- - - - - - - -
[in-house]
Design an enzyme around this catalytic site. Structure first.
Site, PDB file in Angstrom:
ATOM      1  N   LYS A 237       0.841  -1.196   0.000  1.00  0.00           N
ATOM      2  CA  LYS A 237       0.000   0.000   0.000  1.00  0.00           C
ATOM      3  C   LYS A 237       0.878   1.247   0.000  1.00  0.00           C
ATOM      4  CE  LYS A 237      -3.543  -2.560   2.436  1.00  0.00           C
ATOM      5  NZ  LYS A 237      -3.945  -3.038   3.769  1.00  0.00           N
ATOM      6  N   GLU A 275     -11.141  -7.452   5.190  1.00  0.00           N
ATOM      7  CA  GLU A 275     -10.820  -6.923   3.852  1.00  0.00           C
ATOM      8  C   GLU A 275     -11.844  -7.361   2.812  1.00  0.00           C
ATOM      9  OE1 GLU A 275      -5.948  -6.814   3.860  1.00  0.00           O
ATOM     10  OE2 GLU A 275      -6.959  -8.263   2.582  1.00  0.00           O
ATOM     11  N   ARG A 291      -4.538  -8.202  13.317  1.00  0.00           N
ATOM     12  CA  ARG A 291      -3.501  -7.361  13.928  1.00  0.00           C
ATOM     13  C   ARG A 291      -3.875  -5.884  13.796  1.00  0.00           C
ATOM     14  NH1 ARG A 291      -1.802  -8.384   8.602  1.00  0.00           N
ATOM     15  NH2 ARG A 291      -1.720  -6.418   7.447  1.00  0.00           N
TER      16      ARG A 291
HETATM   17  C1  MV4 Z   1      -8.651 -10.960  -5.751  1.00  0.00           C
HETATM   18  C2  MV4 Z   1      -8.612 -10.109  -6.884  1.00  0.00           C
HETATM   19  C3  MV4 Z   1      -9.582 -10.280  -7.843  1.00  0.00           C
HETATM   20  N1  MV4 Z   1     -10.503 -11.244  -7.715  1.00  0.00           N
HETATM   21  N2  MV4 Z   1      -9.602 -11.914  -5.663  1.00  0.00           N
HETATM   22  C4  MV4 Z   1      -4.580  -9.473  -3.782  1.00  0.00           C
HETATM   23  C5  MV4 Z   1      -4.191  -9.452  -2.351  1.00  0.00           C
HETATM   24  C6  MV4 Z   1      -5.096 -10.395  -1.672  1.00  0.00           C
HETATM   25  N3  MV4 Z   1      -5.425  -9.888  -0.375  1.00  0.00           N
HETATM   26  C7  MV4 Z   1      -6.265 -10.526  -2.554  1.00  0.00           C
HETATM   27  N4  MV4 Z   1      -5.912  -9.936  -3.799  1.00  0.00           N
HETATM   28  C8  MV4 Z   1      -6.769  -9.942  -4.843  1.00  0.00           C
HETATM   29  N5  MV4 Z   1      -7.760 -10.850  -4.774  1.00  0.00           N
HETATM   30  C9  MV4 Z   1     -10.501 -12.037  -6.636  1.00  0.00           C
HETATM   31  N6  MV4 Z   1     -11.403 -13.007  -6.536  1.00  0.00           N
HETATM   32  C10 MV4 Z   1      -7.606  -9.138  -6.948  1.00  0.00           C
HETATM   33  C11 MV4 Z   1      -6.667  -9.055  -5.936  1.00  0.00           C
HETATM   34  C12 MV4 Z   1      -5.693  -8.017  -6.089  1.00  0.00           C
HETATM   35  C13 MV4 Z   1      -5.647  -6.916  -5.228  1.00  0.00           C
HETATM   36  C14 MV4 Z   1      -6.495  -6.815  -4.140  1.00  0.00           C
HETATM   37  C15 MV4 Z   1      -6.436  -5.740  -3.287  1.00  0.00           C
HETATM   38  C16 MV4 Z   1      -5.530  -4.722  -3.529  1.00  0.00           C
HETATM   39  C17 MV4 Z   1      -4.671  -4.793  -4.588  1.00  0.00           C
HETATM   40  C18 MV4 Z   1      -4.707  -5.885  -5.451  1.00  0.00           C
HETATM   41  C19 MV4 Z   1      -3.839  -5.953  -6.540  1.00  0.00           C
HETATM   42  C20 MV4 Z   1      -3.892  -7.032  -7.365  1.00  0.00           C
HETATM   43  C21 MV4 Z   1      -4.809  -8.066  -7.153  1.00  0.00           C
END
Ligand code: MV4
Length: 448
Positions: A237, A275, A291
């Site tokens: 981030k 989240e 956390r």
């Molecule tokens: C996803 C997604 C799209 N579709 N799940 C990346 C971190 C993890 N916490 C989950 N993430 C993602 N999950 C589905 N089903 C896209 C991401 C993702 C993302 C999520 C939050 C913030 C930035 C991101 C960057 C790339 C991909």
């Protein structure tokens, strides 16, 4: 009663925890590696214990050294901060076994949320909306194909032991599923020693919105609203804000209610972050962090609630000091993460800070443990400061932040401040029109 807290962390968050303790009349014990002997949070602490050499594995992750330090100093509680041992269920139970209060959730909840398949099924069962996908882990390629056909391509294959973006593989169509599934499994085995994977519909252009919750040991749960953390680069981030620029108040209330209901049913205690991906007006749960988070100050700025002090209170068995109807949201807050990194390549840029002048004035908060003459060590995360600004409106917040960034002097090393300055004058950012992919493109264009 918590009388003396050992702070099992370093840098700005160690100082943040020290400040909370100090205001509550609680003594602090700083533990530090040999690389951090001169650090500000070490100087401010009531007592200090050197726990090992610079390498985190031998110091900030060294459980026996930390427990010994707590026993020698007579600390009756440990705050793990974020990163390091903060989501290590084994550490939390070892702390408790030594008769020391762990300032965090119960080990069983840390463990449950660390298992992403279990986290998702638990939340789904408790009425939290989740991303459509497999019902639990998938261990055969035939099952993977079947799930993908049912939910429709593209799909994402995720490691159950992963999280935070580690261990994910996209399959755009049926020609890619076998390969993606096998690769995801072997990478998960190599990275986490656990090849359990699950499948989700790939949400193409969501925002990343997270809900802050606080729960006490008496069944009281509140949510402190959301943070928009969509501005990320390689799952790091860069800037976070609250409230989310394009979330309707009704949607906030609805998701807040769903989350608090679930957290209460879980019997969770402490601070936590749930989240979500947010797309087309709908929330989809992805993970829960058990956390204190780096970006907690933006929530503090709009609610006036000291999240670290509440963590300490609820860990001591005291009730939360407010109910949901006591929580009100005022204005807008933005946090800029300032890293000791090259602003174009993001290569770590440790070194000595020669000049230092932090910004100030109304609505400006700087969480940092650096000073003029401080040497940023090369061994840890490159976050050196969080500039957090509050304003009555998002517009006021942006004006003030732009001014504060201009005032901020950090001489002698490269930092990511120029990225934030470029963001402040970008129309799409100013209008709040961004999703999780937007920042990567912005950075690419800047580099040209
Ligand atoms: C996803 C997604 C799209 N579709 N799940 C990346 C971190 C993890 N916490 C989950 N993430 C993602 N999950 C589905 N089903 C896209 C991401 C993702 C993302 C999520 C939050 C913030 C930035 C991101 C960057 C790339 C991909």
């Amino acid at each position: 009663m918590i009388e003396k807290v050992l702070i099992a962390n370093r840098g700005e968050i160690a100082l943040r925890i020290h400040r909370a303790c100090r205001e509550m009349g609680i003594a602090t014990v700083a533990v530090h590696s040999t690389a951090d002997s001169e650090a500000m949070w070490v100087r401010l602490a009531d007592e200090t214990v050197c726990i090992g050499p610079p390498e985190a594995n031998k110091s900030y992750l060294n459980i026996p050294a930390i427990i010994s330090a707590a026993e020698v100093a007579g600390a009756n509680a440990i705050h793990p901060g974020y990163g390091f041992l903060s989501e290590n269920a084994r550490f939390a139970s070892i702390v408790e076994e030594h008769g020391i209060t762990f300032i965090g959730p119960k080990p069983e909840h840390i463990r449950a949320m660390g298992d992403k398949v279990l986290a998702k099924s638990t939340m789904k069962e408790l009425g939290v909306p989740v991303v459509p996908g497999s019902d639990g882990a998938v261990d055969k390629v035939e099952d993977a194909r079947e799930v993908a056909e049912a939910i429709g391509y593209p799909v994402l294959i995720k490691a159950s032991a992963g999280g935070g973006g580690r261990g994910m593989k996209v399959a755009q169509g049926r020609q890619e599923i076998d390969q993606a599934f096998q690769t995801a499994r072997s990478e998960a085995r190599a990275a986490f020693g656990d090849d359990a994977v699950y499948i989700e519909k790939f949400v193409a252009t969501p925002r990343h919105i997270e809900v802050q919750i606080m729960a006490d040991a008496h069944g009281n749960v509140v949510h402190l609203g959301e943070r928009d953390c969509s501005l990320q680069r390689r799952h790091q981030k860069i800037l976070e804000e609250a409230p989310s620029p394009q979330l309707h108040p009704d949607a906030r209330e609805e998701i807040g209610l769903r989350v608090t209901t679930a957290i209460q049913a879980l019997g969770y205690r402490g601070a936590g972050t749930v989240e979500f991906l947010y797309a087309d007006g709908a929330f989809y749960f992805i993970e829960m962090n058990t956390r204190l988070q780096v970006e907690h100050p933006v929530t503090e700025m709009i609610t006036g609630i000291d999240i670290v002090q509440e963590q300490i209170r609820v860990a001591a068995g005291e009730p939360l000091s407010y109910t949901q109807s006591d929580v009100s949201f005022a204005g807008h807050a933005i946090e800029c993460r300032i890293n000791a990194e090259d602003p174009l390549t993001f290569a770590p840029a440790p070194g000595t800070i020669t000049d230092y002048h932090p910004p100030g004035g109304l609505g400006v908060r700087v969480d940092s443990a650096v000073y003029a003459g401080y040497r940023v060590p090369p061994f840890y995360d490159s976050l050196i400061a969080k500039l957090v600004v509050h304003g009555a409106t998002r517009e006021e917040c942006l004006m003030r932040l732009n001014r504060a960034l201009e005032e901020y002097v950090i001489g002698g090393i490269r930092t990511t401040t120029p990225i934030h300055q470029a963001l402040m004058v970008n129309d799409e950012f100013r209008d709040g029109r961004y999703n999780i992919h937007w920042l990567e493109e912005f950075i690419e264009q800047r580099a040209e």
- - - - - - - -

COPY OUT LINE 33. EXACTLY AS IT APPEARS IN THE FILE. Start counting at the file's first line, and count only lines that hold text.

HETATM   30  C9  MV4 Z   1     -10.501 -12.037  -6.636  1.00  0.00           C